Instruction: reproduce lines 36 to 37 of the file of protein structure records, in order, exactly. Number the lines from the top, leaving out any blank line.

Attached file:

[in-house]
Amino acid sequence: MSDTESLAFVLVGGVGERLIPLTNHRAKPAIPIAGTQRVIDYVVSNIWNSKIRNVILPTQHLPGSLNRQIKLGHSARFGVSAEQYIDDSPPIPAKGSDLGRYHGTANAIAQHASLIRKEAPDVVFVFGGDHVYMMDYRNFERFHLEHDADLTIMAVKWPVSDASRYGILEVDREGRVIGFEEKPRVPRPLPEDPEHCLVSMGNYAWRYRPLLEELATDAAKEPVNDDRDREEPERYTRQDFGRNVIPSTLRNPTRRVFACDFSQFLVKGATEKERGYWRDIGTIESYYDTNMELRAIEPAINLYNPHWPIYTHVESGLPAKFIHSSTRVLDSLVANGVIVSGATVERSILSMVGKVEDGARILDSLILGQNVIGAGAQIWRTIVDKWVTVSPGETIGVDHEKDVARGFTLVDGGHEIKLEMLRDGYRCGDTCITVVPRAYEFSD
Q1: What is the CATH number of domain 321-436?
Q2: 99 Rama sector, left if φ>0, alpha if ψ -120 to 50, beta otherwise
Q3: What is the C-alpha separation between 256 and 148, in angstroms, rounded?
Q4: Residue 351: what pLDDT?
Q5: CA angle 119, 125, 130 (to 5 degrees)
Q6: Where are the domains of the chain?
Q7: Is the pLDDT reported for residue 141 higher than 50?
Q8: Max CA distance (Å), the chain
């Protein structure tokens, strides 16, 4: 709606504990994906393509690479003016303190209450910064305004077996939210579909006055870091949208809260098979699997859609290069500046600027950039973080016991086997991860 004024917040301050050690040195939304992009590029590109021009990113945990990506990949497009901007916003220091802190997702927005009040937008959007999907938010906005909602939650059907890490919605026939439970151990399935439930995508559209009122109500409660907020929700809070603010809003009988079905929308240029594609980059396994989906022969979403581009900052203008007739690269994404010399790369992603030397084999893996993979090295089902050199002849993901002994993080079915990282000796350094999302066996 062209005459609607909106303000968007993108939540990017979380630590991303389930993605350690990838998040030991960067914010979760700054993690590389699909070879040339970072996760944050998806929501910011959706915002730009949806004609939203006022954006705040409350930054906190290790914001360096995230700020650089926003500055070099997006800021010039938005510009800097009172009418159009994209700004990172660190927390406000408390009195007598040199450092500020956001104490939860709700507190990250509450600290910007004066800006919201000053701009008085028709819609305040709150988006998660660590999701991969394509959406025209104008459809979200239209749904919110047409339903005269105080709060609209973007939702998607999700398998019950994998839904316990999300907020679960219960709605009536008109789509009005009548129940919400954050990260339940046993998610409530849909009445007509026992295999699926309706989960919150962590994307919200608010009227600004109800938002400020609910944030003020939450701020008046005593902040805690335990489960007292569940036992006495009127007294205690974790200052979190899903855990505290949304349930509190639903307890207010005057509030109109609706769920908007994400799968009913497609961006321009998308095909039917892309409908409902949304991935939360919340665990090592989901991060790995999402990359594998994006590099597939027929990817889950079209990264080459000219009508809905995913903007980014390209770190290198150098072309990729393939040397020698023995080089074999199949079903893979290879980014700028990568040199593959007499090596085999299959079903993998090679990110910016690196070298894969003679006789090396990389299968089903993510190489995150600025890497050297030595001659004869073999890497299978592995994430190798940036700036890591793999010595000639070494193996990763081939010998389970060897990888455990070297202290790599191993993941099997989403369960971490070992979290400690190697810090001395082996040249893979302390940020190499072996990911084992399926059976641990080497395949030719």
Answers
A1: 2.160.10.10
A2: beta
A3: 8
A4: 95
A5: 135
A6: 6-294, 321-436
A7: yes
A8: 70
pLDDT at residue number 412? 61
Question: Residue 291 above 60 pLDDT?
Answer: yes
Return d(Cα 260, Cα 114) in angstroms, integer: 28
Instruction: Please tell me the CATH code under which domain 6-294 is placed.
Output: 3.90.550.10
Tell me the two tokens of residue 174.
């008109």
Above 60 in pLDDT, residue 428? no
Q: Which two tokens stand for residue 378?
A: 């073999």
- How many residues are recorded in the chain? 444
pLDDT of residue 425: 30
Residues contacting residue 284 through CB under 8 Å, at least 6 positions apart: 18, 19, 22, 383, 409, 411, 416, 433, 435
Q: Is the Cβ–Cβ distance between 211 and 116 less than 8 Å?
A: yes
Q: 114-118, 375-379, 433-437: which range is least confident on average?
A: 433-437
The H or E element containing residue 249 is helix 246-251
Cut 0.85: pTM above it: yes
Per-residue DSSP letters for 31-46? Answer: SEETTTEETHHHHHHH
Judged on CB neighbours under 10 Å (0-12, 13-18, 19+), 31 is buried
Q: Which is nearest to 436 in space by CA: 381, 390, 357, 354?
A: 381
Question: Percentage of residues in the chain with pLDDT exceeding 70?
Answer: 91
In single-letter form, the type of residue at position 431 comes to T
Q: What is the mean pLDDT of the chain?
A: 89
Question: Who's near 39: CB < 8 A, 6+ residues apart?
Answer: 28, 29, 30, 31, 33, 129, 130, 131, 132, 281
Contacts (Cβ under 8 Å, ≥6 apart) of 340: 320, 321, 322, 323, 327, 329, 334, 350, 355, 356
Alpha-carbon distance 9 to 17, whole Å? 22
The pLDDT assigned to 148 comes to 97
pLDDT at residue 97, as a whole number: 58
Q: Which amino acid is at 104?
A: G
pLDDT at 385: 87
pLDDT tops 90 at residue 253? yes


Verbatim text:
A: yes
Q: 114-118, 375-379, 433-437: which range is least confident on average?